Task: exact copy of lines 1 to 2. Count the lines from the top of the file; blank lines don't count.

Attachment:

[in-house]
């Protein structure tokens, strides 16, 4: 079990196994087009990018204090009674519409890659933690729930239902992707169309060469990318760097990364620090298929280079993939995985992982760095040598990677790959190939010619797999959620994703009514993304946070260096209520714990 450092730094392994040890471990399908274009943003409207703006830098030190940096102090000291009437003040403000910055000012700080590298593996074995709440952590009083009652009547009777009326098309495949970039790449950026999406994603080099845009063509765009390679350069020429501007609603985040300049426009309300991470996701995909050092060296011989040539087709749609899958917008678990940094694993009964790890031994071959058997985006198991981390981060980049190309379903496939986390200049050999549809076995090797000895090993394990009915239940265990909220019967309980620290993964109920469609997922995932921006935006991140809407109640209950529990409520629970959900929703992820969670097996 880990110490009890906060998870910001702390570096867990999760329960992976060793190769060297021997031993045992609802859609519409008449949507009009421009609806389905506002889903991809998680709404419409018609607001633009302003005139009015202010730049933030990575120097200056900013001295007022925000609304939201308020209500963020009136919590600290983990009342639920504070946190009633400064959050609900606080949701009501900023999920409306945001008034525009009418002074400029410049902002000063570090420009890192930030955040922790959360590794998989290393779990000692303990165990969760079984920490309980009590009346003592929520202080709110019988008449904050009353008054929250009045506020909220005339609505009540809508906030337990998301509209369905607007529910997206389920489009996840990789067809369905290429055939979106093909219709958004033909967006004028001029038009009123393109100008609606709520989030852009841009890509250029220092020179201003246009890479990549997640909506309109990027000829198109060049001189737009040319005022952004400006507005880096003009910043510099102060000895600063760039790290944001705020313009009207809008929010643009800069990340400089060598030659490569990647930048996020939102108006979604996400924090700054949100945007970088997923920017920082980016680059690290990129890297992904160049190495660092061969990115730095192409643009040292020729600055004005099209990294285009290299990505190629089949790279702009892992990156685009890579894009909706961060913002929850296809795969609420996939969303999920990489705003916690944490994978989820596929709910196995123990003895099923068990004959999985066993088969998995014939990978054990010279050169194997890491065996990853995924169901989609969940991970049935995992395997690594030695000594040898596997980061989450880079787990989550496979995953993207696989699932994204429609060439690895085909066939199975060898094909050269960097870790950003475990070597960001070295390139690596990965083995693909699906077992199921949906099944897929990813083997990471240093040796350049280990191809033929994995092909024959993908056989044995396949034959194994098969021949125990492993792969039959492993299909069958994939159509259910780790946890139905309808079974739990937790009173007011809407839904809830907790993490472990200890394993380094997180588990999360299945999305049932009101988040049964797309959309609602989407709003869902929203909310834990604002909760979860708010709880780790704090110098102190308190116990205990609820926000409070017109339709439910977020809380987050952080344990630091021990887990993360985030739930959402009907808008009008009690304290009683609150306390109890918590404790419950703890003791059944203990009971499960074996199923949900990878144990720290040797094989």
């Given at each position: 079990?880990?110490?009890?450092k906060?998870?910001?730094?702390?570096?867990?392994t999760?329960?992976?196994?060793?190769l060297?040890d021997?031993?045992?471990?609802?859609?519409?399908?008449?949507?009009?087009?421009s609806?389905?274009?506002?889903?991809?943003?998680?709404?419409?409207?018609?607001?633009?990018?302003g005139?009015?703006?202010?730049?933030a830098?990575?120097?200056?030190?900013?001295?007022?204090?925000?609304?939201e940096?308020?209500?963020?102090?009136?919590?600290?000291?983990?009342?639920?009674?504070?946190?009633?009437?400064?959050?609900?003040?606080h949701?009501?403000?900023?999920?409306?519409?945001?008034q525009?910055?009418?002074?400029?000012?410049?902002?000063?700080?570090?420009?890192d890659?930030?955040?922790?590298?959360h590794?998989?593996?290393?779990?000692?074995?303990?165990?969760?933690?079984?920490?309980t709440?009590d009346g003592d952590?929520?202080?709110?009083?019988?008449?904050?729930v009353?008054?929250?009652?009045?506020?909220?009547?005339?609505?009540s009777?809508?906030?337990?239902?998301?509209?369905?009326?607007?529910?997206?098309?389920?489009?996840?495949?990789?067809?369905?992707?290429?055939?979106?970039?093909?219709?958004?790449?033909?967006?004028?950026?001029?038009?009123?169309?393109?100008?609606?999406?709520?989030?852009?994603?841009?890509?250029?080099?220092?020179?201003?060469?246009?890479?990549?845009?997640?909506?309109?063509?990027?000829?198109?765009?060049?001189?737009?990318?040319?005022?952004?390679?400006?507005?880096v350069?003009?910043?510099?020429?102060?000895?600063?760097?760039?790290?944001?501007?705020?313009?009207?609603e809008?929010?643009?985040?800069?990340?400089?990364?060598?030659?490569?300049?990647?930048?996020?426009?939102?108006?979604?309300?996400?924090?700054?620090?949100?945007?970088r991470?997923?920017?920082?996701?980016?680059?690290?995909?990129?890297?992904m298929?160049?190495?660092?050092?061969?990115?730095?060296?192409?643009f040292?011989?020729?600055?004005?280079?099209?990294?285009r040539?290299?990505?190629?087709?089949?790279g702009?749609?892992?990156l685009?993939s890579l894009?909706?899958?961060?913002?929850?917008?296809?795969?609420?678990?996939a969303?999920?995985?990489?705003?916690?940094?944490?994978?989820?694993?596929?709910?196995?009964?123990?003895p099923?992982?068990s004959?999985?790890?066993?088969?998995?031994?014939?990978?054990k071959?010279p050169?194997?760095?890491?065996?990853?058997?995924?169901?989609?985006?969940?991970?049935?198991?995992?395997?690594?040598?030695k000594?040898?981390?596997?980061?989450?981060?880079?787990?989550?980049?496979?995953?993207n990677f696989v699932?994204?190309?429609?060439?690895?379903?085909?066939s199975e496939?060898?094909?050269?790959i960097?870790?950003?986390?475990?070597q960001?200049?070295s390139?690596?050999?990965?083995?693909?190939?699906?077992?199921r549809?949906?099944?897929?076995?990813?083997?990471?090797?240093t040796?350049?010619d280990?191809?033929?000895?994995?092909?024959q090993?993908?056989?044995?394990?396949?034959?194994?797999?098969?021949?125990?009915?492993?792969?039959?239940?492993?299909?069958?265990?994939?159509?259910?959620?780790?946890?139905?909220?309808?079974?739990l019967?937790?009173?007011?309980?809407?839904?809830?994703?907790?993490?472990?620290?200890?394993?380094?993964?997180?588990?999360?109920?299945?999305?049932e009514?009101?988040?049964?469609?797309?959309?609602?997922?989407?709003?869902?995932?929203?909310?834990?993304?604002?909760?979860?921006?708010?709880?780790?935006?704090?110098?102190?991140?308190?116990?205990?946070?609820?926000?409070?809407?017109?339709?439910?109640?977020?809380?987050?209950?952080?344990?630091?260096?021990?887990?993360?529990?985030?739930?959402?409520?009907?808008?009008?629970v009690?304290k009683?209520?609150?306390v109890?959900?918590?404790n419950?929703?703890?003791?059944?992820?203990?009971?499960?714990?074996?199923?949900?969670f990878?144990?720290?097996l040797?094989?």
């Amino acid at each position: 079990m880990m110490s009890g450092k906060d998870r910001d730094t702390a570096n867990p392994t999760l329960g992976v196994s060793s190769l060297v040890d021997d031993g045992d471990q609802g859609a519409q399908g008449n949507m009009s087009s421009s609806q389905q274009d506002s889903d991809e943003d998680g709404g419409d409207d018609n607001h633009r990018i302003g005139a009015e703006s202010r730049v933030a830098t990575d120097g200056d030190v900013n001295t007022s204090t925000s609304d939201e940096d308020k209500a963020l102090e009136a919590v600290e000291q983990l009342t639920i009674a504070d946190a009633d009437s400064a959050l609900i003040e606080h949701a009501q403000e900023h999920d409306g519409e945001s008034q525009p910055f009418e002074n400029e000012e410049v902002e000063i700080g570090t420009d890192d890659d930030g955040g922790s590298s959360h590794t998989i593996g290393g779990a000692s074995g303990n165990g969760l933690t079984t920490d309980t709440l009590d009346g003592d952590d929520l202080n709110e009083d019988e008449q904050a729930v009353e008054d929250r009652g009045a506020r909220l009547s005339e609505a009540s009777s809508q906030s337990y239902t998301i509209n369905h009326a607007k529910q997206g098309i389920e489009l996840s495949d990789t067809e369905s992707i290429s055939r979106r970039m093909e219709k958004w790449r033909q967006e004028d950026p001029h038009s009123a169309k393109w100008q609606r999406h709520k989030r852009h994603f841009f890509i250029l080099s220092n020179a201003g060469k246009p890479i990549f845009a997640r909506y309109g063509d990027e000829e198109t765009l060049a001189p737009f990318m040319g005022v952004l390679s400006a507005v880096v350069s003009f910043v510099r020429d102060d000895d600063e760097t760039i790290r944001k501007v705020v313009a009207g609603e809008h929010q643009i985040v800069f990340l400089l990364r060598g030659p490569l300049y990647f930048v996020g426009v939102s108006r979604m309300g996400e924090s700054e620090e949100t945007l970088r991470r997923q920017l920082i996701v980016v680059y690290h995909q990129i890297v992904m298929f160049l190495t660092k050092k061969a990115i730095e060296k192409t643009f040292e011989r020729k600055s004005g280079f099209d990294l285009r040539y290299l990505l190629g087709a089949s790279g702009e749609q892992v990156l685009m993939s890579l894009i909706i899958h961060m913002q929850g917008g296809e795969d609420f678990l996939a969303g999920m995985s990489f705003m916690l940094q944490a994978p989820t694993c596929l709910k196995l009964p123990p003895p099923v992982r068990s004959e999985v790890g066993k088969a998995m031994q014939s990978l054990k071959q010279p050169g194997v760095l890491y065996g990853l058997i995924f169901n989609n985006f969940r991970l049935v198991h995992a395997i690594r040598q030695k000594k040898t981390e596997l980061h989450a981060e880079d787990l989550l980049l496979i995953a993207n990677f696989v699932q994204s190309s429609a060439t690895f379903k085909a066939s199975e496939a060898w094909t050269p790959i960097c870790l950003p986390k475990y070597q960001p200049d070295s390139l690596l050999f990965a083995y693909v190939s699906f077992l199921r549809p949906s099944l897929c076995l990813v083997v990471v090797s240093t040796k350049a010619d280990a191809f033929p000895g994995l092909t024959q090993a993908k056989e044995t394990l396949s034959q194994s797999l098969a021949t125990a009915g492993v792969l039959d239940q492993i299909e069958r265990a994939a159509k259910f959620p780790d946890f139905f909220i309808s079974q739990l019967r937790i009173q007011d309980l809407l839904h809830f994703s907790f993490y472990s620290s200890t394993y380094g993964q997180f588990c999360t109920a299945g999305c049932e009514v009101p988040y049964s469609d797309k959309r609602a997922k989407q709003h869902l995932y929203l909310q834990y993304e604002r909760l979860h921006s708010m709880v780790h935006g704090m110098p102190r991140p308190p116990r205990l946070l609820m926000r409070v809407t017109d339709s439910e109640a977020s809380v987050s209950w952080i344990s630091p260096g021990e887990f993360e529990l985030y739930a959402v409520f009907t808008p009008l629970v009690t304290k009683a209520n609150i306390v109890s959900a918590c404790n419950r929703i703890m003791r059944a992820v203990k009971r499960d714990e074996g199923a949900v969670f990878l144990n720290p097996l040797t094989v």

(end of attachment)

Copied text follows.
[in-house]
């Protein structure tokens, strides 16, 4: 079990196994087009990018204090009674519409890659933690729930239902992707169309060469990318760097990364620090298929280079993939995985992982760095040598990677790959190939010619797999959620994703009514993304946070260096209520714990 450092730094392994040890471990399908274009943003409207703006830098030190940096102090000291009437003040403000910055000012700080590298593996074995709440952590009083009652009547009777009326098309495949970039790449950026999406994603080099845009063509765009390679350069020429501007609603985040300049426009309300991470996701995909050092060296011989040539087709749609899958917008678990940094694993009964790890031994071959058997985006198991981390981060980049190309379903496939986390200049050999549809076995090797000895090993394990009915239940265990909220019967309980620290993964109920469609997922995932921006935006991140809407109640209950529990409520629970959900929703992820969670097996 880990110490009890906060998870910001702390570096867990999760329960992976060793190769060297021997031993045992609802859609519409008449949507009009421009609806389905506002889903991809998680709404419409018609607001633009302003005139009015202010730049933030990575120097200056900013001295007022925000609304939201308020209500963020009136919590600290983990009342639920504070946190009633400064959050609900606080949701009501900023999920409306945001008034525009009418002074400029410049902002000063570090420009890192930030955040922790959360590794998989290393779990000692303990165990969760079984920490309980009590009346003592929520202080709110019988008449904050009353008054929250009045506020909220005339609505009540809508906030337990998301509209369905607007529910997206389920489009996840990789067809369905290429055939979106093909219709958004033909967006004028001029038009009123393109100008609606709520989030852009841009890509250029220092020179201003246009890479990549997640909506309109990027000829198109060049001189737009040319005022952004400006507005880096003009910043510099102060000895600063760039790290944001705020313009009207809008929010643009800069990340400089060598030659490569990647930048996020939102108006979604996400924090700054949100945007970088997923920017920082980016680059690290990129890297992904160049190495660092061969990115730095192409643009040292020729600055004005099209990294285009290299990505190629089949790279702009892992990156685009890579894009909706961060913002929850296809795969609420996939969303999920990489705003916690944490994978989820596929709910196995123990003895099923068990004959999985066993088969998995014939990978054990010279050169194997890491065996990853995924169901989609969940991970049935995992395997690594030695000594040898596997980061989450880079787990989550496979995953993207696989699932994204429609060439690895085909066939199975060898094909050269960097870790950003475990070597960001070295390139690596990965083995693909699906077992199921949906099944897929990813083997990471240093040796350049280990191809033929994995092909024959993908056989044995396949034959194994098969021949125990492993792969039959492993299909069958994939159509259910780790946890139905309808079974739990937790009173007011809407839904809830907790993490472990200890394993380094997180588990999360299945999305049932009101988040049964797309959309609602989407709003869902929203909310834990604002909760979860708010709880780790704090110098102190308190116990205990609820926000409070017109339709439910977020809380987050952080344990630091021990887990993360985030739930959402009907808008009008009690304290009683609150306390109890918590404790419950703890003791059944203990009971499960074996199923949900990878144990720290040797094989």